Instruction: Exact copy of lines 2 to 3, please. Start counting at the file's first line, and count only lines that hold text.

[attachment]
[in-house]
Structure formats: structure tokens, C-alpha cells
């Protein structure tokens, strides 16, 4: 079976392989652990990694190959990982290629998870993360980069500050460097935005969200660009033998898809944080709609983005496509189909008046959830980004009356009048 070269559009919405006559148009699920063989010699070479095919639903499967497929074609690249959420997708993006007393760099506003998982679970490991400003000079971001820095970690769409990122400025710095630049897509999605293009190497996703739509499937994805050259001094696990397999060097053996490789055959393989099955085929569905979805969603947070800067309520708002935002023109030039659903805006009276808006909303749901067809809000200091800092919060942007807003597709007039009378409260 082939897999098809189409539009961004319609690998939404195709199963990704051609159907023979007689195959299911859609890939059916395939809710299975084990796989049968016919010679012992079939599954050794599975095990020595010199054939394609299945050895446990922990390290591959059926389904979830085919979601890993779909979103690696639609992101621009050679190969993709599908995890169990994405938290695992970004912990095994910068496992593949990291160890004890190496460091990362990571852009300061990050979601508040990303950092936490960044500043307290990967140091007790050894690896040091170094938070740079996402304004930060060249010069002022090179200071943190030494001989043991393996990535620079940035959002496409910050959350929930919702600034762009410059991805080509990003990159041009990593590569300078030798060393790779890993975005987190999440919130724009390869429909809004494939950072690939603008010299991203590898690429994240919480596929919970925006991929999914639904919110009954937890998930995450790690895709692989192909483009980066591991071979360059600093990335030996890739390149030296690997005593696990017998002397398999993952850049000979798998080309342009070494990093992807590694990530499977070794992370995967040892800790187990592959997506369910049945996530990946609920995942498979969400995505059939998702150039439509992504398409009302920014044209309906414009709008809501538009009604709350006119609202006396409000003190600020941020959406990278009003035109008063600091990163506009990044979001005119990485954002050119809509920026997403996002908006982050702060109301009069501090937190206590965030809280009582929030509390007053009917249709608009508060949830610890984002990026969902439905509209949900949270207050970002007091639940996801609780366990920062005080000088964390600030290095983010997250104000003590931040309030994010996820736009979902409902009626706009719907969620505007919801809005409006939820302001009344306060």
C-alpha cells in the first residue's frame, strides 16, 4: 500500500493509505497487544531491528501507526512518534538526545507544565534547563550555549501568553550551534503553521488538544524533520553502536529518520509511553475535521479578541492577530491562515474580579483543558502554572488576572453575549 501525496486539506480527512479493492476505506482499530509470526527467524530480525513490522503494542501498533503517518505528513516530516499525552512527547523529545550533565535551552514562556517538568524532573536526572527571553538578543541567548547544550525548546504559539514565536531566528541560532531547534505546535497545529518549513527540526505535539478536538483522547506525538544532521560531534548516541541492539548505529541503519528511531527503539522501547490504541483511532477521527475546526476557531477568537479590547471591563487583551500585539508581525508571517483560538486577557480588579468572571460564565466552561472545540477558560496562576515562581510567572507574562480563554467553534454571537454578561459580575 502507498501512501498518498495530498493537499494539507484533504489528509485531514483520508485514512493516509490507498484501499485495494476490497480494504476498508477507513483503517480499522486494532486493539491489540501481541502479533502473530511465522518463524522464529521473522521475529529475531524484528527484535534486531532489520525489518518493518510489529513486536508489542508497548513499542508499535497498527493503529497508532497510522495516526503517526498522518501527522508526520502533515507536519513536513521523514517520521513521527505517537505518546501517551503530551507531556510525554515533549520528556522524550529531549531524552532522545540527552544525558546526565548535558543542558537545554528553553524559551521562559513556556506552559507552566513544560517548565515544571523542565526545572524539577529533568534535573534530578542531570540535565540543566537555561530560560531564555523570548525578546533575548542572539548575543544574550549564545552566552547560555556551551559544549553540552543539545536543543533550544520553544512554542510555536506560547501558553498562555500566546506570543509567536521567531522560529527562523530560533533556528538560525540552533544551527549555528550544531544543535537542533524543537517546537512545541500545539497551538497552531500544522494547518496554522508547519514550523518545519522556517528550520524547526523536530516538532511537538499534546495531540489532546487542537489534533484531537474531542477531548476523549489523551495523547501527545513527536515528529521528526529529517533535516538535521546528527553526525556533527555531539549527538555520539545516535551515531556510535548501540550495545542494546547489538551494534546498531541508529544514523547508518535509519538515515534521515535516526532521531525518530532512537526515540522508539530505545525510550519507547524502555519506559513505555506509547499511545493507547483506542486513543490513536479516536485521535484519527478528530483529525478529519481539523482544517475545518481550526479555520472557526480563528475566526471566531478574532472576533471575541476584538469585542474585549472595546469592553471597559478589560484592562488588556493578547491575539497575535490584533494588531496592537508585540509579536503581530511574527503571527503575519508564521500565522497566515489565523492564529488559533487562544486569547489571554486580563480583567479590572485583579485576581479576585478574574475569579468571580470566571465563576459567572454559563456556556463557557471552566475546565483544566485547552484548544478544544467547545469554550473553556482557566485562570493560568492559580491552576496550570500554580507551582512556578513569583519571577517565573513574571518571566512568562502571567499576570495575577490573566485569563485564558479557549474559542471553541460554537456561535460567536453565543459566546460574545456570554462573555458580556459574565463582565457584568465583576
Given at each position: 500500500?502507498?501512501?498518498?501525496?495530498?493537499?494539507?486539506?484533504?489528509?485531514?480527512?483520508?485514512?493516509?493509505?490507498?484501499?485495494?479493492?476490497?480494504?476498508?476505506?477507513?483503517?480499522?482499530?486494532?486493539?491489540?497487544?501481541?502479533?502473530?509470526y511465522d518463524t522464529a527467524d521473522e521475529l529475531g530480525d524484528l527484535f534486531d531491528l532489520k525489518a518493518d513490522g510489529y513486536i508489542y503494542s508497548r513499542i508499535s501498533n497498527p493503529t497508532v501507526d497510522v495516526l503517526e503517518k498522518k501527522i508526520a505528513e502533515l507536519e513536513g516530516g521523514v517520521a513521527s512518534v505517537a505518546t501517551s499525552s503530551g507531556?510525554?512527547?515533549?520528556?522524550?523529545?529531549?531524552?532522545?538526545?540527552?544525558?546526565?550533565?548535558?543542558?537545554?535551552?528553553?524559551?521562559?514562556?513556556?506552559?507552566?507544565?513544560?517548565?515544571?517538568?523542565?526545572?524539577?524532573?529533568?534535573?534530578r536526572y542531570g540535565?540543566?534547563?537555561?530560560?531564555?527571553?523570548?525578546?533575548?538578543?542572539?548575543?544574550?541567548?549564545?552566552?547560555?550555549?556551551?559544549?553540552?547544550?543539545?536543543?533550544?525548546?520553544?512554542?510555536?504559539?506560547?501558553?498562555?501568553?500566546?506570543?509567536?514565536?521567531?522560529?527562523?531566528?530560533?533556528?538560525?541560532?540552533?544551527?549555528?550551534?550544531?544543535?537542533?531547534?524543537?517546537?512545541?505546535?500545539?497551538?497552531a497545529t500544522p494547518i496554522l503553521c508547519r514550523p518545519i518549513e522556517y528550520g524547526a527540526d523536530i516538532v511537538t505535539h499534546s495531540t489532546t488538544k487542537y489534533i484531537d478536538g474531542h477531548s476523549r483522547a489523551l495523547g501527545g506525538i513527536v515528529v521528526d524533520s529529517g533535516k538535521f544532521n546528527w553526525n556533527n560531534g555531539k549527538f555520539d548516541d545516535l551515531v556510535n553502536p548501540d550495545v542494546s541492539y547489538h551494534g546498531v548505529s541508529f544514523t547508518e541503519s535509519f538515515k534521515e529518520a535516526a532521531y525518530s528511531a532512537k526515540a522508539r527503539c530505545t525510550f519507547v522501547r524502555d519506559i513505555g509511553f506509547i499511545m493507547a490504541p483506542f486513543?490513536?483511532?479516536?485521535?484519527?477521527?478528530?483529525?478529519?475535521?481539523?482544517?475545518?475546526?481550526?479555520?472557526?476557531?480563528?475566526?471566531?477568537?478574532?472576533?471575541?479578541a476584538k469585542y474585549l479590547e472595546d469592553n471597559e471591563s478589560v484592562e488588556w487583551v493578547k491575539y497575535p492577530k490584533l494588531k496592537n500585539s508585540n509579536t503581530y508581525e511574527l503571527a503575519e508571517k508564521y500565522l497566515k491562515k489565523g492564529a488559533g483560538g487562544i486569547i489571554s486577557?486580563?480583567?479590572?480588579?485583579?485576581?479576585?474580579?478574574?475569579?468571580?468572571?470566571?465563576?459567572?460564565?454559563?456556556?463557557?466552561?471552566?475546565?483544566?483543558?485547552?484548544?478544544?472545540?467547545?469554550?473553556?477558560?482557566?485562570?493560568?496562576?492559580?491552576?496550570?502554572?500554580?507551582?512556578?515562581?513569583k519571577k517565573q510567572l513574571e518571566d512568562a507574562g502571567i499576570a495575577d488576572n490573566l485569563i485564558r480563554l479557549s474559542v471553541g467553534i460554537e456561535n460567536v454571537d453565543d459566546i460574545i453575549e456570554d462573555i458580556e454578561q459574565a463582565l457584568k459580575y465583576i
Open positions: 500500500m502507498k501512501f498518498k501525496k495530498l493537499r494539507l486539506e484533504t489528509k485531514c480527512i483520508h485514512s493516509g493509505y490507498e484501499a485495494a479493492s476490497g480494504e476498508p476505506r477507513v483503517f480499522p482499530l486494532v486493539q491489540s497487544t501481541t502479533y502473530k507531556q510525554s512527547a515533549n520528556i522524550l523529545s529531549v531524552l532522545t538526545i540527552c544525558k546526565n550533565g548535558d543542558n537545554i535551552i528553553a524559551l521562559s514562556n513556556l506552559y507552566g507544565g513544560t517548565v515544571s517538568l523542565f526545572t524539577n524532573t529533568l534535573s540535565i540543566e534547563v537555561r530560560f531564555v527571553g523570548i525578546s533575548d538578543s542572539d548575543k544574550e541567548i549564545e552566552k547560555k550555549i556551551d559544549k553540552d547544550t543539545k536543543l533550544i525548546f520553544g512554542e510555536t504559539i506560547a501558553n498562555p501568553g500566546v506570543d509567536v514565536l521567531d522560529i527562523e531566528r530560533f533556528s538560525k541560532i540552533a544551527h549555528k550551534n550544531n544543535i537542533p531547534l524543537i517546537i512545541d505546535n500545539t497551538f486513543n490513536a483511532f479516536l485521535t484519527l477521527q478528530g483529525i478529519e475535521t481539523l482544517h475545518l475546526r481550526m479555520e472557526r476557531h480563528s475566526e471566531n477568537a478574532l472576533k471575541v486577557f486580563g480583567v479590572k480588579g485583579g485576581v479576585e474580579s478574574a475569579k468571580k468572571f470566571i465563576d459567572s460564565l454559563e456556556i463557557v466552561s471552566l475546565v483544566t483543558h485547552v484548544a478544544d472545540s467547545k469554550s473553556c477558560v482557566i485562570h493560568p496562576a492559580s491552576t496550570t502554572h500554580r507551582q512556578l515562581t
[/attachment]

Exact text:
Structure formats: structure tokens, C-alpha cells
């Protein structure tokens, strides 16, 4: 079976392989652990990694190959990982290629998870993360980069500050460097935005969200660009033998898809944080709609983005496509189909008046959830980004009356009048 070269559009919405006559148009699920063989010699070479095919639903499967497929074609690249959420997708993006007393760099506003998982679970490991400003000079971001820095970690769409990122400025710095630049897509999605293009190497996703739509499937994805050259001094696990397999060097053996490789055959393989099955085929569905979805969603947070800067309520708002935002023109030039659903805006009276808006909303749901067809809000200091800092919060942007807003597709007039009378409260 082939897999098809189409539009961004319609690998939404195709199963990704051609159907023979007689195959299911859609890939059916395939809710299975084990796989049968016919010679012992079939599954050794599975095990020595010199054939394609299945050895446990922990390290591959059926389904979830085919979601890993779909979103690696639609992101621009050679190969993709599908995890169990994405938290695992970004912990095994910068496992593949990291160890004890190496460091990362990571852009300061990050979601508040990303950092936490960044500043307290990967140091007790050894690896040091170094938070740079996402304004930060060249010069002022090179200071943190030494001989043991393996990535620079940035959002496409910050959350929930919702600034762009410059991805080509990003990159041009990593590569300078030798060393790779890993975005987190999440919130724009390869429909809004494939950072690939603008010299991203590898690429994240919480596929919970925006991929999914639904919110009954937890998930995450790690895709692989192909483009980066591991071979360059600093990335030996890739390149030296690997005593696990017998002397398999993952850049000979798998080309342009070494990093992807590694990530499977070794992370995967040892800790187990592959997506369910049945996530990946609920995942498979969400995505059939998702150039439509992504398409009302920014044209309906414009709008809501538009009604709350006119609202006396409000003190600020941020959406990278009003035109008063600091990163506009990044979001005119990485954002050119809509920026997403996002908006982050702060109301009069501090937190206590965030809280009582929030509390007053009917249709608009508060949830610890984002990026969902439905509209949900949270207050970002007091639940996801609780366990920062005080000088964390600030290095983010997250104000003590931040309030994010996820736009979902409902009626706009719907969620505007919801809005409006939820302001009344306060």